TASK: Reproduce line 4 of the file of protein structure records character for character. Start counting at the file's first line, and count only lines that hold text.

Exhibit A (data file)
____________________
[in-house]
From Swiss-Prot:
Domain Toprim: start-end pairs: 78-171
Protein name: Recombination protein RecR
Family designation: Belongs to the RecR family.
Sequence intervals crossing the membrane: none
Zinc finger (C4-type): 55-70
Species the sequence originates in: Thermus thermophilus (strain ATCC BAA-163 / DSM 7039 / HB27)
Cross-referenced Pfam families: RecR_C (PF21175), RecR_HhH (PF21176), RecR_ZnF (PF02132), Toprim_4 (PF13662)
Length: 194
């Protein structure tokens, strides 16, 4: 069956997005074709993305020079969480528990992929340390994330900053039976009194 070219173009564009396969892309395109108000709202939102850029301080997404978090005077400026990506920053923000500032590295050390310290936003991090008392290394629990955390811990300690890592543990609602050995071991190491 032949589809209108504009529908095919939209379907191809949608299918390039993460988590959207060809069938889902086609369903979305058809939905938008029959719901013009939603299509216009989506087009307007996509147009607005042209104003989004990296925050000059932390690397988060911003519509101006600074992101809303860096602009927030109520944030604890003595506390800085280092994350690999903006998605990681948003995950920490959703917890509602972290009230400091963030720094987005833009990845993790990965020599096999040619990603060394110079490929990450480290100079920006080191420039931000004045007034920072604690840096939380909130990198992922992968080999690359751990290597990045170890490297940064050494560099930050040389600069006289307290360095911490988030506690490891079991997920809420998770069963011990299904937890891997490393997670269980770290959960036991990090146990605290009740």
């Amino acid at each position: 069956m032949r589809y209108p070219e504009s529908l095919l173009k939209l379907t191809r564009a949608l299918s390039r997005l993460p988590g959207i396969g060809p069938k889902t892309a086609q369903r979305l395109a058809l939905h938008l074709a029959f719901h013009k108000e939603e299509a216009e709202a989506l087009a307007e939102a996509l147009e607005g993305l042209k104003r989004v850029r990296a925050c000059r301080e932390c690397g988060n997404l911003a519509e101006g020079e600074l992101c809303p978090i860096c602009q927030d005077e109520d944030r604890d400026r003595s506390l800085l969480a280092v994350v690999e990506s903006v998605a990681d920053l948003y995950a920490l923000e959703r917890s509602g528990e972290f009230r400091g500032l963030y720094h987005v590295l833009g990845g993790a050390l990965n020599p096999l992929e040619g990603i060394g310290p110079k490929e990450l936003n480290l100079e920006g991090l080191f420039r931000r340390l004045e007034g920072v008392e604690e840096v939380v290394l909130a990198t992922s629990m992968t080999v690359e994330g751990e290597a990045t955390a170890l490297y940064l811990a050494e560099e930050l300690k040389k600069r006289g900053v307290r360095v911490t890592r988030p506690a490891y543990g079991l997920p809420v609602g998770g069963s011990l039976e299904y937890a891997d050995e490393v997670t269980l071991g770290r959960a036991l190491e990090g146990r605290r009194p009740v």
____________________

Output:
Protein name: Recombination protein RecR